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Hand Gestures Help Math Skills, Study Concludes

Wednesday, March 4, 2009 - 9:11am

A story in School Library Journal highlights a new article which gives a different meaning to the term "Active Learning":

It’s long been known that movement helps people remember and retrieve information about an event or physical activity associated with action. But psychologist Susan Goldin-Meadow’s article, “Gesturing Gives Children New Ideas About Math,” is the first to show that gestures also help create new ideas.

“This study highlights the importance of motor learning even in nonmotor tasks, and suggests that we may be able to lay the foundation for new knowledge just by telling learners how to move their hands,” writes Goldin-Meadow in her article, now appearing in the current issue of the journal Psychological Science.

Deep Thought

Wednesday, February 11, 2009 - 1:53pm

A little long for a tweet, but too short for a big post:

Students have trouble differentiating between what you tell them because you want them to know it, and what you tell them because you want them to do it.

Back again

Tuesday, January 27, 2009 - 12:39am

So I was premature in declaring my blog "back". Turns out it my drupal installation had rotted a bit and some upgrades were necessary. Upgrades I didn't have time to install. Then an issue with mod_security...finally, operational again. Thanks Andy.

Back

Monday, January 12, 2009 - 4:23pm

I'm glad to say that I'm back at work, both in cyber- and meatspace.

I had let the website malinger in the land of database connection error for a long time, and it turned out all I had to do was start it up again (the server on which it was running had been rebooted for maintenance).

Physically, I'm back in the office after a holiday vacation and a trip to Washington, DC for the annual Joint Meetings of the AMS and MAA.  I gave a fun talk about some of the courses I taught at Harvard using the Moore Method style. 

Are we still here?

Wednesday, September 10, 2008 - 8:27am

For months an online debate has raged about whether the new Linear Hadron Collider in Switzerland would create black holes that could "destroy the earth."

Well, the LHC is now online, and apparently, it has not destroyed the earth. Either that, or we're living in an episode of Lost.

Brought to you by the Anarchists Organization...

Wednesday, September 10, 2008 - 8:12am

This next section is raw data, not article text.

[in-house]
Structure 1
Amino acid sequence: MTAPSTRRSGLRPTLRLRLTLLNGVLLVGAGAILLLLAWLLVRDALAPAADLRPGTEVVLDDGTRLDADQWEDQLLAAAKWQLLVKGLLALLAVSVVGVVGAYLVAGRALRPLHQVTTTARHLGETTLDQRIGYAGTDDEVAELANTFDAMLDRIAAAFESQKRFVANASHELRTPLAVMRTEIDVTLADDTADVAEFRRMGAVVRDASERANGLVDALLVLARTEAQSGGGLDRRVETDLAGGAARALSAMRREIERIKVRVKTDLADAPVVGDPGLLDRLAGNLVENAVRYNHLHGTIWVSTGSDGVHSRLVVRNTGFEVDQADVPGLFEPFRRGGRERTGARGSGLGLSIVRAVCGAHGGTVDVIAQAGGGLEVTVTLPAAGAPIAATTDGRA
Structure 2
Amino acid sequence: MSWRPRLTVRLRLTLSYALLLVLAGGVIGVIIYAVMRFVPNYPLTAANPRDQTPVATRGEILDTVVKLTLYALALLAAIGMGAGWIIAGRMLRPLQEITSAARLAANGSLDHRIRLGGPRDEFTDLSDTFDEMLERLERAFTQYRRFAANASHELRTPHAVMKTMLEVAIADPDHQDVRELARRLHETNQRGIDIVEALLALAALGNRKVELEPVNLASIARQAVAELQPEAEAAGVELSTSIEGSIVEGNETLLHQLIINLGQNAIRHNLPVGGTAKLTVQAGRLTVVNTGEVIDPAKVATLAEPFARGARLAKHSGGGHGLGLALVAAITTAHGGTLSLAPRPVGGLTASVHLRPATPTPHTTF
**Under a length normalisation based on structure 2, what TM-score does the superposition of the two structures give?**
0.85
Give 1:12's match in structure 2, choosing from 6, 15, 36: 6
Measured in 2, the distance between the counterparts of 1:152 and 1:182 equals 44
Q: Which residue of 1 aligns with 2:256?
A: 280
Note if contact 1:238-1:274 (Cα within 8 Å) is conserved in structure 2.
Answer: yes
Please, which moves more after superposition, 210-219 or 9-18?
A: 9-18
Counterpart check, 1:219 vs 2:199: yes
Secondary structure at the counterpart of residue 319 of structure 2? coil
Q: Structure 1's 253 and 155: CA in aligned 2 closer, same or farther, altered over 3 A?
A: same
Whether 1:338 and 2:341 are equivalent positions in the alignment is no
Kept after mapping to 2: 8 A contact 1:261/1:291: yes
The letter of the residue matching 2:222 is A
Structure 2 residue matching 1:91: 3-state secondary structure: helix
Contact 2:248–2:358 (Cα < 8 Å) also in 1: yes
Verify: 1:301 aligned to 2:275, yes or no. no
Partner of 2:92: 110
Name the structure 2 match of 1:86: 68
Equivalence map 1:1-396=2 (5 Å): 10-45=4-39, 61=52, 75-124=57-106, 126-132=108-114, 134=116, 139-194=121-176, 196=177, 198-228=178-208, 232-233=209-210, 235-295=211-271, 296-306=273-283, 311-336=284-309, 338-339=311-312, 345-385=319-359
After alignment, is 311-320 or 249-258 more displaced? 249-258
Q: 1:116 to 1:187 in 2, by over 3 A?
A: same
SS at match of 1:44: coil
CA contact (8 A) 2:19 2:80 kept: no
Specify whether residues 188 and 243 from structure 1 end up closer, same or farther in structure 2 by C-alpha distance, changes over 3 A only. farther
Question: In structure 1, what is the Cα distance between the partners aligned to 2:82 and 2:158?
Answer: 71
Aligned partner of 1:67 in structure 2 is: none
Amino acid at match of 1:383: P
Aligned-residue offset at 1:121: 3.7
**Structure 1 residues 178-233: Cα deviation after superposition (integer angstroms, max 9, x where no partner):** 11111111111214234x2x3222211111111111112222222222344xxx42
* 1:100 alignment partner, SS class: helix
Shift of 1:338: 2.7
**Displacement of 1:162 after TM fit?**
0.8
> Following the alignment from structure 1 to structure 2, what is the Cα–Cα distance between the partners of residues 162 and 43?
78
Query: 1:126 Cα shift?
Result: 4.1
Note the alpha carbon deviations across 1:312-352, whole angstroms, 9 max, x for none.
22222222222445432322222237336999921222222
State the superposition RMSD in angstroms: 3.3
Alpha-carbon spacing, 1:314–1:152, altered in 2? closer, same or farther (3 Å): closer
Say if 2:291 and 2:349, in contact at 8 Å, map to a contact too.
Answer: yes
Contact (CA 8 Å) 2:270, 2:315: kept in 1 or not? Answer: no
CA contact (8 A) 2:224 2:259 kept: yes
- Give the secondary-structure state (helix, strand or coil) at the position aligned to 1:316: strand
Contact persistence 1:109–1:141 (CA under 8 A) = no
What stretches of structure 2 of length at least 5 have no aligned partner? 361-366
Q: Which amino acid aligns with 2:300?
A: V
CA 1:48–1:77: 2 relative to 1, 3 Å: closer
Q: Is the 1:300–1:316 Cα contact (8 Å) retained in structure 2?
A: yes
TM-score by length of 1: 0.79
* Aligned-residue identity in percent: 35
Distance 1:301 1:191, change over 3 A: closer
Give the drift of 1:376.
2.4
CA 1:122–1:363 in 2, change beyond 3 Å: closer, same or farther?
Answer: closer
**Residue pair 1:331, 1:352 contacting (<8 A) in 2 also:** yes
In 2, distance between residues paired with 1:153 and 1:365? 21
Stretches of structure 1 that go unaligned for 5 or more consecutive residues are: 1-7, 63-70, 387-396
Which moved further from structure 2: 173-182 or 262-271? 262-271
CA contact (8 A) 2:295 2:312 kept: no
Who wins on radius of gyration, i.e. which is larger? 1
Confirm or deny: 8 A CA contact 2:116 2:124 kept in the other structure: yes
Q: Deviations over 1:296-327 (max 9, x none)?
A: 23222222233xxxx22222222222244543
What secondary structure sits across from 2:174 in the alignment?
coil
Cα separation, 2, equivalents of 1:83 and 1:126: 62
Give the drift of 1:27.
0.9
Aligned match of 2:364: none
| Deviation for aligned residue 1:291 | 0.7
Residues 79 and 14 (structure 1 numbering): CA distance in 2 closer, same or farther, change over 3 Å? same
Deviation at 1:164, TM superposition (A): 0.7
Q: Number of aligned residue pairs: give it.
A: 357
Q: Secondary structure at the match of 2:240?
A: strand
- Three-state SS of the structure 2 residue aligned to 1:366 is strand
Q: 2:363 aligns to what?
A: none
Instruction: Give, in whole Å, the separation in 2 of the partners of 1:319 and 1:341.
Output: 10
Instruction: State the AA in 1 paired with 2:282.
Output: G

I found this store on the NYU campus today:


After making more than one, the copies aren't unique any more. Sort of a strange business model, only selling one copy at a time.

GeoGebra to meet TeX

Monday, September 8, 2008 - 3:45pm

I've been a fan of GeoGebra since I saw a demonstration of it by Markus Hohenwarter as MSRI last year. It's a free (open-source), cross-platform (Java-based), dynamical geometry and algebra application.

The nice part about being java-based is you can export your GeoGebra worksheets to html with embedded java applets. And then with a bit of parameter munging you can upload them to your blog. The embedded applet can be as function as the application itself (a nice advantage to being free; it can't be stolen so there's no barrier to making it completely available).

The nice part about being open-source is that people can contribute to it as much as they want. Now in the works is a tool to export a GeoGebra worksheet to PGF/TikZ, so you can put them in your LaTeX documents.

LOC on the Web 3.0 bandwagon

Wednesday, August 13, 2008 - 3:15pm

I just discovered that the Library of Congress has established a persistent URL (or "permalink") for every item in their catalog. The data in the link is taken from the item's Library of Congress Control Number (LCCN) and is therefore called an LCCN permalink.

What would Jason Lezak do?

Monday, August 11, 2008 - 3:47pm

(From L) US swimmers Garrett Weber-Gale, Jason Lezak, Michael Phelps and Cullen Jones celebrate after winning the men's 4X100m freestyle relay swimming final at the National Aquatics Center in the 2008 Beijing Olympic Games on August 11, 2008. The United States stunned France in an epic men's 4x100m freestyle relay final Monday to keep Michael Phelps's dream of eight gold medals at the Beijing Olympics alive. AFP PHOTO / DDP / MICHAEL KAPPELER (Photo credit should read MICHAEL KAPPELER/AFP/Getty Images)

I've been reading Steven Krantz's book How to Teach Mathematics lately, looking for some words of wisdom. One item has resurfaced during these Olympics.

All learning of significant knowledge requires considerable effort on the part of the learner. This fact has not changed since Euclid told Ptolemy (over 2000 years ago) that "There is no royal road to geometry."...

Go to any athletic facility and you will see young people spending hours perfecting their free throw or their skate board technique or their butterfly stroke. They don't hire tutors to achieve these goals...An eighteen-year-old understands clearly when an athletic coach says, "No pain, no gain." However, the same concept makes little sense to him in the context of mathematics or another deep academic subject.

Subversion keywords and unicode

Monday, August 4, 2008 - 12:30pm

I'm editing some text files, and I like to use subversion to do this. It helps with managing my own different revisions of the files, and can mark them automatically with metadata.